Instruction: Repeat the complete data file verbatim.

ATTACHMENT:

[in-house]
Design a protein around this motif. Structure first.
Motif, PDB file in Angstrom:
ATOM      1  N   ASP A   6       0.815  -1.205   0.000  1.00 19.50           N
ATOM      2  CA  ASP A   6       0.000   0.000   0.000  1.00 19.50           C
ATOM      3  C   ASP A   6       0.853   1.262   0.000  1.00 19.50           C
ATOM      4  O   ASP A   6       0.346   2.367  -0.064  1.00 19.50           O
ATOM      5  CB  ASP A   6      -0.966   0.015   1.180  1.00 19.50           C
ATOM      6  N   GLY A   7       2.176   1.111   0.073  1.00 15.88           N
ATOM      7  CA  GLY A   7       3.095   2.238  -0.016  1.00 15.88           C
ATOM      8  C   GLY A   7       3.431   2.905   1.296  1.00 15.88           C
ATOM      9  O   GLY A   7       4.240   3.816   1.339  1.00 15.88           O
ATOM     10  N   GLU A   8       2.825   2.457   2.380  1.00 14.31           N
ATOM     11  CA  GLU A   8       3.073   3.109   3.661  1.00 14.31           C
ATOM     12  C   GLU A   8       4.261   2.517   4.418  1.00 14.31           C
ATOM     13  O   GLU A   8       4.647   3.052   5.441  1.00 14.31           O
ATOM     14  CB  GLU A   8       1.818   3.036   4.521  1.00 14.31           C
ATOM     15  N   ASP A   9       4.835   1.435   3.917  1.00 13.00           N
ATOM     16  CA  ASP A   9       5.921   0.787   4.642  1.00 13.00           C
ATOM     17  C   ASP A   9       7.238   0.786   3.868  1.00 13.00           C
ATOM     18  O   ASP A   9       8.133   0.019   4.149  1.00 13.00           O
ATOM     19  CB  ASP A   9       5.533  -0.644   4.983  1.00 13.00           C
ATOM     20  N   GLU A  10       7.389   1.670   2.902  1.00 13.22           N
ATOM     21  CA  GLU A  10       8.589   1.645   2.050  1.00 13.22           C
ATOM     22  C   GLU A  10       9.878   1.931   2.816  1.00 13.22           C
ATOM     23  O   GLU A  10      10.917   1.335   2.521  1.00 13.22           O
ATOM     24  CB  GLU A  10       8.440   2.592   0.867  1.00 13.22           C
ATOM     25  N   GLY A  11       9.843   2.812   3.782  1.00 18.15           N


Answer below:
[in-house]
Design a protein around this motif. Structure first.
Motif, PDB file in Angstrom:
ATOM      1  N   ASP A   6       0.815  -1.205   0.000  1.00 19.50           N
ATOM      2  CA  ASP A   6       0.000   0.000   0.000  1.00 19.50           C
ATOM      3  C   ASP A   6       0.853   1.262   0.000  1.00 19.50           C
ATOM      4  O   ASP A   6       0.346   2.367  -0.064  1.00 19.50           O
ATOM      5  CB  ASP A   6      -0.966   0.015   1.180  1.00 19.50           C
ATOM      6  N   GLY A   7       2.176   1.111   0.073  1.00 15.88           N
ATOM      7  CA  GLY A   7       3.095   2.238  -0.016  1.00 15.88           C
ATOM      8  C   GLY A   7       3.431   2.905   1.296  1.00 15.88           C
ATOM      9  O   GLY A   7       4.240   3.816   1.339  1.00 15.88           O
ATOM     10  N   GLU A   8       2.825   2.457   2.380  1.00 14.31           N
ATOM     11  CA  GLU A   8       3.073   3.109   3.661  1.00 14.31           C
ATOM     12  C   GLU A   8       4.261   2.517   4.418  1.00 14.31           C
ATOM     13  O   GLU A   8       4.647   3.052   5.441  1.00 14.31           O
ATOM     14  CB  GLU A   8       1.818   3.036   4.521  1.00 14.31           C
ATOM     15  N   ASP A   9       4.835   1.435   3.917  1.00 13.00           N
ATOM     16  CA  ASP A   9       5.921   0.787   4.642  1.00 13.00           C
ATOM     17  C   ASP A   9       7.238   0.786   3.868  1.00 13.00           C
ATOM     18  O   ASP A   9       8.133   0.019   4.149  1.00 13.00           O
ATOM     19  CB  ASP A   9       5.533  -0.644   4.983  1.00 13.00           C
ATOM     20  N   GLU A  10       7.389   1.670   2.902  1.00 13.22           N
ATOM     21  CA  GLU A  10       8.589   1.645   2.050  1.00 13.22           C
ATOM     22  C   GLU A  10       9.878   1.931   2.816  1.00 13.22           C
ATOM     23  O   GLU A  10      10.917   1.335   2.521  1.00 13.22           O
ATOM     24  CB  GLU A  10       8.440   2.592   0.867  1.00 13.22           C
ATOM     25  N   GLY A  11       9.843   2.812   3.782  1.00 18.15           N